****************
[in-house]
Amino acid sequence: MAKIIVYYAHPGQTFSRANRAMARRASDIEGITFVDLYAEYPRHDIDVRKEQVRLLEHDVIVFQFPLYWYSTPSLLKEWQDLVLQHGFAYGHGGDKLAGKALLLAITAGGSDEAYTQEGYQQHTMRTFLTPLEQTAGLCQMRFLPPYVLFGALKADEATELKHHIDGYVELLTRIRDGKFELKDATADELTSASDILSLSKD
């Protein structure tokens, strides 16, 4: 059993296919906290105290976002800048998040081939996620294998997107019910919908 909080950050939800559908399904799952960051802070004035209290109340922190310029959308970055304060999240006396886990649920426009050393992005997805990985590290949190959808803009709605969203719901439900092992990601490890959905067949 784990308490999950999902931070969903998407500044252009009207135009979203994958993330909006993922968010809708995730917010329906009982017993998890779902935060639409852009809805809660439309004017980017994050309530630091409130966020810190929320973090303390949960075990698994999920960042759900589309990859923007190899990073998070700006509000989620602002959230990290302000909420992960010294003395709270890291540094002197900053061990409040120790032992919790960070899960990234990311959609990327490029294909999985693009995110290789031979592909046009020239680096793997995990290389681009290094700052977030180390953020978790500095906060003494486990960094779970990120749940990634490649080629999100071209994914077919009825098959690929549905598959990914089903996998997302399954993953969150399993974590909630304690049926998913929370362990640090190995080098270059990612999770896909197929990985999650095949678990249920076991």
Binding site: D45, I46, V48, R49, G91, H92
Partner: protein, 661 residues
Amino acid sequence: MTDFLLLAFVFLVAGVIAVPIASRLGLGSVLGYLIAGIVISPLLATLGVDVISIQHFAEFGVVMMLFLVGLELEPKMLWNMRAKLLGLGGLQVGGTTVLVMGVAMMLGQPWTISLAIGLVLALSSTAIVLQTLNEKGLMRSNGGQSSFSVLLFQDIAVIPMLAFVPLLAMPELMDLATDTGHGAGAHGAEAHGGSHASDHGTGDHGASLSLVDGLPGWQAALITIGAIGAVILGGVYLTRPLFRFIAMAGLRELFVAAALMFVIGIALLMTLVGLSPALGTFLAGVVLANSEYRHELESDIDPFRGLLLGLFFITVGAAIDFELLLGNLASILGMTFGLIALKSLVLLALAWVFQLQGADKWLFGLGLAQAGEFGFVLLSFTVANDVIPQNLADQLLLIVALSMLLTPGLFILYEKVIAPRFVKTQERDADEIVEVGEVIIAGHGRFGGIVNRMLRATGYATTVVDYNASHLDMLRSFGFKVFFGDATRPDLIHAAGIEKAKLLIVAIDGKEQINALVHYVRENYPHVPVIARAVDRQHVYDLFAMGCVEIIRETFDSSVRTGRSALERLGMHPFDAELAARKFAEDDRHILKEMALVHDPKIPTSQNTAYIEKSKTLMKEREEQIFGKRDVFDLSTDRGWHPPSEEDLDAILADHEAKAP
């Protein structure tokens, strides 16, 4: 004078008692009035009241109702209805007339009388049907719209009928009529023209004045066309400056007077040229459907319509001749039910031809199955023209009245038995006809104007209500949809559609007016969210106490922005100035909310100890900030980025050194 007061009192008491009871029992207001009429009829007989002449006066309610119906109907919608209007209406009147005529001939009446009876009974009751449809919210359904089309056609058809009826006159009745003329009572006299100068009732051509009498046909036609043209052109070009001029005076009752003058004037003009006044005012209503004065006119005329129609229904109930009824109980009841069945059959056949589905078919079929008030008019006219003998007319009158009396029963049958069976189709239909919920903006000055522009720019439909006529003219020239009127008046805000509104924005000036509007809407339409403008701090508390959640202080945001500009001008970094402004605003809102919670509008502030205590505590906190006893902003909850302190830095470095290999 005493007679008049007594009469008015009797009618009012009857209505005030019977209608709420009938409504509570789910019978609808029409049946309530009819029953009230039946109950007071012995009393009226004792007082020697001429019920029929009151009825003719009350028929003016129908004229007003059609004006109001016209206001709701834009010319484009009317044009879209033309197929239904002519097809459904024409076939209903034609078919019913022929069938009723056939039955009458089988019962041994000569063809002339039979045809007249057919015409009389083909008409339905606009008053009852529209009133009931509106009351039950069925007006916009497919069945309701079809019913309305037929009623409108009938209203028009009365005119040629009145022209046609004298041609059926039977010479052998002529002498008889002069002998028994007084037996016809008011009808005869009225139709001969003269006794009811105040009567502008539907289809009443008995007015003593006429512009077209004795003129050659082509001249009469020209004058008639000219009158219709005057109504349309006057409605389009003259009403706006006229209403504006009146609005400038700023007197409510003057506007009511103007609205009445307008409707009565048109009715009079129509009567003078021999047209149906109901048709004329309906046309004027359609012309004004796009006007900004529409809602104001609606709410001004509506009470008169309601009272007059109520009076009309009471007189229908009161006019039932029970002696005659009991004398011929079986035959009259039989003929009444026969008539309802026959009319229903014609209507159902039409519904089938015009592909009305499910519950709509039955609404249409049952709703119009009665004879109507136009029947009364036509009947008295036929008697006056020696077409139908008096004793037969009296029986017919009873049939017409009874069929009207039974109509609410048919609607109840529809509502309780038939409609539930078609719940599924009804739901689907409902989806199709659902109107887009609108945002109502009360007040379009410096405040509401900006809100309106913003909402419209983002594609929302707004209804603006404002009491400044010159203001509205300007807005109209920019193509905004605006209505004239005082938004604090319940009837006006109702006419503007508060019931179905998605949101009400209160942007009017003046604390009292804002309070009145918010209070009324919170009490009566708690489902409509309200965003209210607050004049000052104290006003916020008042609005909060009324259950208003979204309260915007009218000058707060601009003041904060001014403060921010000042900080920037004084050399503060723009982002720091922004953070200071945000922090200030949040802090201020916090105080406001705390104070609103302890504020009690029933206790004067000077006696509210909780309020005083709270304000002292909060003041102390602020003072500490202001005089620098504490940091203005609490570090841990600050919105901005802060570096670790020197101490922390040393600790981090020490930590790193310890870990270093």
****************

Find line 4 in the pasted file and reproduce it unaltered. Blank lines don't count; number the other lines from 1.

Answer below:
Binding site: D45, I46, V48, R49, G91, H92